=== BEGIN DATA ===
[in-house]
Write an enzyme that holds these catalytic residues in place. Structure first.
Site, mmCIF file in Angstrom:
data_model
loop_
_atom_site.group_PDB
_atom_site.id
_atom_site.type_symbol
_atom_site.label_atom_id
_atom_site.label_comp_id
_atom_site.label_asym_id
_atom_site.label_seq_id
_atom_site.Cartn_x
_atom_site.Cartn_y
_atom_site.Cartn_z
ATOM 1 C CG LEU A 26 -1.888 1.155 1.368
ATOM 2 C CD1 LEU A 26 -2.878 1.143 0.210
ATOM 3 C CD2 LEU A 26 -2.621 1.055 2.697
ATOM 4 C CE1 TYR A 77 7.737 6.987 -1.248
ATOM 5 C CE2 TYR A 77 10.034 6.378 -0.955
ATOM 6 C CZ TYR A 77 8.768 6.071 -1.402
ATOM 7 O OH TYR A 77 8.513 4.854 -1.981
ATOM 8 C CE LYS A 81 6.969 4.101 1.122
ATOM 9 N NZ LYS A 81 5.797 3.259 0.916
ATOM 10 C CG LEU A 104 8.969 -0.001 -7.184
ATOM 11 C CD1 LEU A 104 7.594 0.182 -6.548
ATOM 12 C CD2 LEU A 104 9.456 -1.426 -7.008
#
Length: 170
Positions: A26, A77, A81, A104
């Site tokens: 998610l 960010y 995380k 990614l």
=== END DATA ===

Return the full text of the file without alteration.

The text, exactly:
[in-house]
Write an enzyme that holds these catalytic residues in place. Structure first.
Site, mmCIF file in Angstrom:
data_model
loop_
_atom_site.group_PDB
_atom_site.id
_atom_site.type_symbol
_atom_site.label_atom_id
_atom_site.label_comp_id
_atom_site.label_asym_id
_atom_site.label_seq_id
_atom_site.Cartn_x
_atom_site.Cartn_y
_atom_site.Cartn_z
ATOM 1 C CG LEU A 26 -1.888 1.155 1.368
ATOM 2 C CD1 LEU A 26 -2.878 1.143 0.210
ATOM 3 C CD2 LEU A 26 -2.621 1.055 2.697
ATOM 4 C CE1 TYR A 77 7.737 6.987 -1.248
ATOM 5 C CE2 TYR A 77 10.034 6.378 -0.955
ATOM 6 C CZ TYR A 77 8.768 6.071 -1.402
ATOM 7 O OH TYR A 77 8.513 4.854 -1.981
ATOM 8 C CE LYS A 81 6.969 4.101 1.122
ATOM 9 N NZ LYS A 81 5.797 3.259 0.916
ATOM 10 C CG LEU A 104 8.969 -0.001 -7.184
ATOM 11 C CD1 LEU A 104 7.594 0.182 -6.548
ATOM 12 C CD2 LEU A 104 9.456 -1.426 -7.008
#
Length: 170
Positions: A26, A77, A81, A104
């Site tokens: 998610l 960010y 995380k 990614l």